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  Volume No. 12 Issue No. 5 May 2015  

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Memorial Day 2015; remembering the millions of soldiers who have died in battle, from the Revolutionary War to Iraq, and also remembering Falcon’s own SPC Dane R. Balcon, who died in Iraq Sept. 5, 2007, at age 19.

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  Wind farm drama goes to roads
  By Lindsey Harrison

  Residents that live in the area of Harrisville Road, just east of Calhan, have noticed a deterioration in road conditions since work began on the Golden West Wind Farm Project. Harrisville Road is located on the haul route that Blattner Energy, a contractor working for project owner NextEra Energy Resources, routinely uses.
  
  “It (Harrisville Road) has been completely chewed up from the amount of trucks running across it,” said Kris Renick, a member of the El Paso County Property Rights Coalition who lives off Harrisville Road. “I parked next to a part of the road that was really bad to warn people that the damage was there. Blattner Energy told me not to park there, but I told them they needed to fix it because somebody is going to wreck. Their basic response was that they were going to fill in the holes with a concrete mix, but not until the wind farm project was done in nine months.”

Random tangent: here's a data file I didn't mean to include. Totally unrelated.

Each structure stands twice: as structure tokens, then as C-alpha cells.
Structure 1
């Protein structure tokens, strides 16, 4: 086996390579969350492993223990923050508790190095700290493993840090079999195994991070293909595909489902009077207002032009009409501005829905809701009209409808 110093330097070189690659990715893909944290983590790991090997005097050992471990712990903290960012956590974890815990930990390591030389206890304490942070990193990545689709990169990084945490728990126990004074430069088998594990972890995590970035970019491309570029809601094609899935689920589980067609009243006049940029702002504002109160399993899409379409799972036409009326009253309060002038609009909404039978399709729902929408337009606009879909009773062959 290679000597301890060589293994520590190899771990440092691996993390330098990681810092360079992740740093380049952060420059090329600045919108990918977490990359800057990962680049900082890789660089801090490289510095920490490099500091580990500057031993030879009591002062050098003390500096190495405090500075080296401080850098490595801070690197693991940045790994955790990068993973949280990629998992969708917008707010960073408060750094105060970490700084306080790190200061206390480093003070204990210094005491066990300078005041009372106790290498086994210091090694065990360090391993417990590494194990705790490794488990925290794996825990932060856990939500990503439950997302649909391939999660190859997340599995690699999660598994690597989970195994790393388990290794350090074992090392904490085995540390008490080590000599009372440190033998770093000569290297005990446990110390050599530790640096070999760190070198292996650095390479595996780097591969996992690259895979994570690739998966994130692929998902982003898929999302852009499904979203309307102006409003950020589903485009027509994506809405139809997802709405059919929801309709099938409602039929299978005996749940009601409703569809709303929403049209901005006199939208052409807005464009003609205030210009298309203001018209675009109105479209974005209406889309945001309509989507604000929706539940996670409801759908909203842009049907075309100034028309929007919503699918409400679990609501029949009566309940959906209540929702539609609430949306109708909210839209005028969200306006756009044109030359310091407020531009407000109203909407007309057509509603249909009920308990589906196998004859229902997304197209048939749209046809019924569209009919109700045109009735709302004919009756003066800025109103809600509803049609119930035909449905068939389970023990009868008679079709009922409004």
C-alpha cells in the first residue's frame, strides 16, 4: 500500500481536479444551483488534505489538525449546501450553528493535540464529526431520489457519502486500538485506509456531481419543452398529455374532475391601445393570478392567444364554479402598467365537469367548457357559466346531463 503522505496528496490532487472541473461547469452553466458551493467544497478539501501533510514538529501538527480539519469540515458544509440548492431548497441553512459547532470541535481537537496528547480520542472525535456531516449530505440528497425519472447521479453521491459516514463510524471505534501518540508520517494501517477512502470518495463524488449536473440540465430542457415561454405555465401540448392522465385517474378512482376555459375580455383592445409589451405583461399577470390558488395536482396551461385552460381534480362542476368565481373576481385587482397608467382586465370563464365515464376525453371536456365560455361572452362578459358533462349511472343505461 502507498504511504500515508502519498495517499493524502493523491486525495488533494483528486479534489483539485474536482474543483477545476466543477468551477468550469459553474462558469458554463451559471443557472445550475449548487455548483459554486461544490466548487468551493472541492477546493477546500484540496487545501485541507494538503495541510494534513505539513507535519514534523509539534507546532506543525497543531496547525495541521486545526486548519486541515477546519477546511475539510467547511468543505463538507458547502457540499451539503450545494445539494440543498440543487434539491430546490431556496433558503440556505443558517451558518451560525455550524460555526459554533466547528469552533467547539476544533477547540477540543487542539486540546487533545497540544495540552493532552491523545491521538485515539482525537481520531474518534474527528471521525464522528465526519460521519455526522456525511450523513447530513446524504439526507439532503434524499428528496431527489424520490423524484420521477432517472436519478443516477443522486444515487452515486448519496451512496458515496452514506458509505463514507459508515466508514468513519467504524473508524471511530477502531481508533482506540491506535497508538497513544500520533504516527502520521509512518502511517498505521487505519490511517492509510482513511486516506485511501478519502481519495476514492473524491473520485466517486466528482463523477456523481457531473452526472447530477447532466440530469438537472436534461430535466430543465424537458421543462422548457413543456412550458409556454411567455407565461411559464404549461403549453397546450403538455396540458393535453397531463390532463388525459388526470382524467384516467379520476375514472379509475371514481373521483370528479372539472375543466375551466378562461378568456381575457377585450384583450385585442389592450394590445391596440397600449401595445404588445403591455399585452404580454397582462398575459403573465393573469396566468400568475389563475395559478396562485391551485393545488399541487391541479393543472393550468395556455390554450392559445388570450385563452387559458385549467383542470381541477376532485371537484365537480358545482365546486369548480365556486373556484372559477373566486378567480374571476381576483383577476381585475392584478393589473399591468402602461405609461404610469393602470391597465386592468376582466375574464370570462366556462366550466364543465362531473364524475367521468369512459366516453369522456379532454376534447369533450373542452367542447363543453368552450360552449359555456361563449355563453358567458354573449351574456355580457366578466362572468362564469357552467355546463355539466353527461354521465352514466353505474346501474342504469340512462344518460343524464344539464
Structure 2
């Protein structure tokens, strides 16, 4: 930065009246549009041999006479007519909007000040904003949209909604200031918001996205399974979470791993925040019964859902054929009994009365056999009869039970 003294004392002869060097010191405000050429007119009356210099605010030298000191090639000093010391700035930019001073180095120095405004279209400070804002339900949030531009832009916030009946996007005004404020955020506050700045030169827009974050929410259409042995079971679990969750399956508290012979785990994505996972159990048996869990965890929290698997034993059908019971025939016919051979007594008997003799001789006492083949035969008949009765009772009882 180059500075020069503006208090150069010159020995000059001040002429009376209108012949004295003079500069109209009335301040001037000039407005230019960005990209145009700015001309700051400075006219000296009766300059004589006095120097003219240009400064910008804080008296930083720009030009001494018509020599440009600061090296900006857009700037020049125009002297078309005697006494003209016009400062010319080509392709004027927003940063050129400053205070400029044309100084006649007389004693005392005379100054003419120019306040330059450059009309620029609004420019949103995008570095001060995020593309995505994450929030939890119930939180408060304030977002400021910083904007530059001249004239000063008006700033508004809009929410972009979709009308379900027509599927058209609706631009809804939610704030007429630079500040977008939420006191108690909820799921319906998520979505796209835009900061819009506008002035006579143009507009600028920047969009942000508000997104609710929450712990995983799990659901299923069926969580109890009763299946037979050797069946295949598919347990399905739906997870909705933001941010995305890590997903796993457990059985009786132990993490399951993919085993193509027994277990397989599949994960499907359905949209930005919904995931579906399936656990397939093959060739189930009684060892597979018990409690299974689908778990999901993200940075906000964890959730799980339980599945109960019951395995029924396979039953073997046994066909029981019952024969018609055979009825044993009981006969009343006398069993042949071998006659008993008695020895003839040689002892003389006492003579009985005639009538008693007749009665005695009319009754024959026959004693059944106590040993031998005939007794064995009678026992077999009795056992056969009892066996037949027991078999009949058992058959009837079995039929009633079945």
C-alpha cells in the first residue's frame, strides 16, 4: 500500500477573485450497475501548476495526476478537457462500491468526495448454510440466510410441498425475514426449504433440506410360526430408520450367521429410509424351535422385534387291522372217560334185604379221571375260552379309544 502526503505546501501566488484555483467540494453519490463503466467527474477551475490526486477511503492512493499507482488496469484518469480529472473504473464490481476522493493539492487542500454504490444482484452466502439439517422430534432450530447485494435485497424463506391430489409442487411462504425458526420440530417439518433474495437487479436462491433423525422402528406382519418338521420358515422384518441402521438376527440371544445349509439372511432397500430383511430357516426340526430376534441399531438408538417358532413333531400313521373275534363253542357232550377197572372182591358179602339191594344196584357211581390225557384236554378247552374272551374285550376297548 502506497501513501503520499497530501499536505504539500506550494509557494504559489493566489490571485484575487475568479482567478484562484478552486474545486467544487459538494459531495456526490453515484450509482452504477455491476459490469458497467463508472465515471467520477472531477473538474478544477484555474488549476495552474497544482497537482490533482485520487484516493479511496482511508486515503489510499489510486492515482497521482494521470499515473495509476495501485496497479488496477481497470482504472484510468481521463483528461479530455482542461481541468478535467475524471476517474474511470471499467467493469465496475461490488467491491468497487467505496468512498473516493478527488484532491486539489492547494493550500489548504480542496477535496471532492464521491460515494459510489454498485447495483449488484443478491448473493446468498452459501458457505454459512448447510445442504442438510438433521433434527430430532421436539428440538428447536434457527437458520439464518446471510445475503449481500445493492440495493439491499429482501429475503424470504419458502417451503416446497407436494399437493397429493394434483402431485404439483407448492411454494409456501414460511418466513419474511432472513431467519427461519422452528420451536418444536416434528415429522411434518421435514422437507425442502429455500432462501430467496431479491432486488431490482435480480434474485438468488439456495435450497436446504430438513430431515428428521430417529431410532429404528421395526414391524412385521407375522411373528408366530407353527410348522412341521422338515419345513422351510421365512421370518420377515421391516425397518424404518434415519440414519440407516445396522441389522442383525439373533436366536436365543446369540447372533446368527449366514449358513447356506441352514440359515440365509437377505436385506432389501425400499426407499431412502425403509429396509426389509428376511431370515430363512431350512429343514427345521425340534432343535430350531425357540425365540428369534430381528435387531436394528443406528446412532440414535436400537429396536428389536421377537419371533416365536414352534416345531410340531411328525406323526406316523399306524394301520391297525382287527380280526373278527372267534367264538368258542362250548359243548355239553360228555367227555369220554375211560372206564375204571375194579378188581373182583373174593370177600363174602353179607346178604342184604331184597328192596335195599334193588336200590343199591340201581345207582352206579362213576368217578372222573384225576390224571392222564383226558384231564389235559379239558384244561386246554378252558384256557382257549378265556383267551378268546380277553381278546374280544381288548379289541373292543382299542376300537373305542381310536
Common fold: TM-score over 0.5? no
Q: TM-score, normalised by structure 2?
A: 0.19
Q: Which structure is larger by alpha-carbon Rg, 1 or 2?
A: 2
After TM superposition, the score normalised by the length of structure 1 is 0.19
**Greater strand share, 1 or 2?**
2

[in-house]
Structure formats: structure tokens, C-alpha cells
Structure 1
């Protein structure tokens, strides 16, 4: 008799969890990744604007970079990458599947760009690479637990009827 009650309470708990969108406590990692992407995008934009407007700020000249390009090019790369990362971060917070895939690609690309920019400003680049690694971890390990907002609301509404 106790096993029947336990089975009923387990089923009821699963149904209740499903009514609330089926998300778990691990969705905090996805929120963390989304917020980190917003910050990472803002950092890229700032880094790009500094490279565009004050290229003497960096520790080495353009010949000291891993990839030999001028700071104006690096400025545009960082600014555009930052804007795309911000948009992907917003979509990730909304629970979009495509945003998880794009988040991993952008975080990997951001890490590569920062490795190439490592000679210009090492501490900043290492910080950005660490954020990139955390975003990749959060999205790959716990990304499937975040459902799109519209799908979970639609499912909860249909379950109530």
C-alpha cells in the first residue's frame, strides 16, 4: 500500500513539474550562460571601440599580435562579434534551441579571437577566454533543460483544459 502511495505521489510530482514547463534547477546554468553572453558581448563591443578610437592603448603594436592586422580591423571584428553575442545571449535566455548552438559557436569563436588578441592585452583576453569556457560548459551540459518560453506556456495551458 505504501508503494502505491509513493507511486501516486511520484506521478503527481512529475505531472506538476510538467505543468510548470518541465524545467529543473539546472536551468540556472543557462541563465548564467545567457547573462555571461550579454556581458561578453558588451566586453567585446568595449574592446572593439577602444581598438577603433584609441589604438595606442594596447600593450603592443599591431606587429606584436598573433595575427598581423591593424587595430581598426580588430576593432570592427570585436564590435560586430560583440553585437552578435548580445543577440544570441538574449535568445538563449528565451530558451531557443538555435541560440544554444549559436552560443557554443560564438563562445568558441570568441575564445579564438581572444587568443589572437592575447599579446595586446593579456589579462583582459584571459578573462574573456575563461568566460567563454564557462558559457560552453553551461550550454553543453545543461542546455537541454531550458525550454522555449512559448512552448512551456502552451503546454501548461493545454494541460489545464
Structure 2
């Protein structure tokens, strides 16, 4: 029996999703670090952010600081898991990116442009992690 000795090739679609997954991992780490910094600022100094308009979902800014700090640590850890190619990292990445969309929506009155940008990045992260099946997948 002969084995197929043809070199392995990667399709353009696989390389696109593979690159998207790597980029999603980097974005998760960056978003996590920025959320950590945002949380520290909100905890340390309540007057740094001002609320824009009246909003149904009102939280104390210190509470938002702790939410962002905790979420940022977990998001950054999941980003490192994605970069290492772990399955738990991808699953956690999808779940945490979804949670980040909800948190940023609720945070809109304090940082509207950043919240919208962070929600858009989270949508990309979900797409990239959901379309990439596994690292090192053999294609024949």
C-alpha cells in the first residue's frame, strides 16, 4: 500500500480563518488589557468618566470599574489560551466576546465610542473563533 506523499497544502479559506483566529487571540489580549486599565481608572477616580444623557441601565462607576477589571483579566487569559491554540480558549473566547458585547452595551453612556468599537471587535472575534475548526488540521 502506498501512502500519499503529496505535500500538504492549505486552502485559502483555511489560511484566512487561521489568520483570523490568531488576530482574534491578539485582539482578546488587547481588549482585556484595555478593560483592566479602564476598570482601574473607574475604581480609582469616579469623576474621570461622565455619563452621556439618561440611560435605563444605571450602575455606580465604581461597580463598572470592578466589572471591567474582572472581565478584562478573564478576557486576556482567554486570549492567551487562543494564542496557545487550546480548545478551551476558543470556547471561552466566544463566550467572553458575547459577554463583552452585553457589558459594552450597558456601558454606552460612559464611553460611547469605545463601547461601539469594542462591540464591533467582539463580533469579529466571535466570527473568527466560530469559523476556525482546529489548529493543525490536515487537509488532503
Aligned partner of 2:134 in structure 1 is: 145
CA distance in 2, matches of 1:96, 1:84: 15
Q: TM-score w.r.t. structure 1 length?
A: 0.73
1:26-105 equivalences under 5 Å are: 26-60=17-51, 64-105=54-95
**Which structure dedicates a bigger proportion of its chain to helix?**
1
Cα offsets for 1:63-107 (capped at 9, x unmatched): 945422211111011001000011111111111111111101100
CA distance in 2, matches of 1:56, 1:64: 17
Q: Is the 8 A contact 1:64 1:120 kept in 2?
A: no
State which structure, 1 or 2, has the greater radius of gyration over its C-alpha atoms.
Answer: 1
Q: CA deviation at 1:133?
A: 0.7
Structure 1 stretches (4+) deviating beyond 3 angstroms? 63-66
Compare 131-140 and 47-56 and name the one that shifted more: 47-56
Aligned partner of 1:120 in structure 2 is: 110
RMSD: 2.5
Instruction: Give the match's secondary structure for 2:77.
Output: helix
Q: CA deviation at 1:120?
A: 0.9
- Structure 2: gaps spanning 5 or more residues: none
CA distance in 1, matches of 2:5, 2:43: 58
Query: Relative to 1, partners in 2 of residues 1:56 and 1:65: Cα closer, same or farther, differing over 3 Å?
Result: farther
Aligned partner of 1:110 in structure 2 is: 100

Renick said she called the sheriff’s office and a deputy responded, however no crime had been committed.
  
  At that same time, another vehicle drove through the area, and the person driving slid into the dirt on the shoulder because of the road damage. “It bounced me around enough and shook the tailgate open on the trailer I was towing,” said Jack Berman. He said he would have taken another route, but Harrisville Road is the only route he can use to get to Calhan. “That road was fine, but when the trucks started coming through, there were ruts and sand from where they tore up the road,” Berman said.
  
  Andre Brackin, an engineer with El Paso County, said that both Blattner and NextEra must maintain the roads on the wind farm project’s approved haul route during the life of the project’s contract with the county. Additionally, NextEra will have to rehabilitate the roads along that route to be as good as or better than the conditions of the roads prior to construction.
  
  “There’s a development agreement, just like with any other developer, that puts the responsibility on Blattner and NextEra to maintain the haul route,” Brackin said. “They put up millions of dollars in an escrow account to pull from if they don’t follow up, and then we send a contractor out there to fix it and then fine the companies for not doing their jobs.”
  
  In the event the trucks are deviating to roads outside the approved haul route, the county could shut down the wind farm project by pulling the permits on the existing haul routes until the roads are fixed, he said.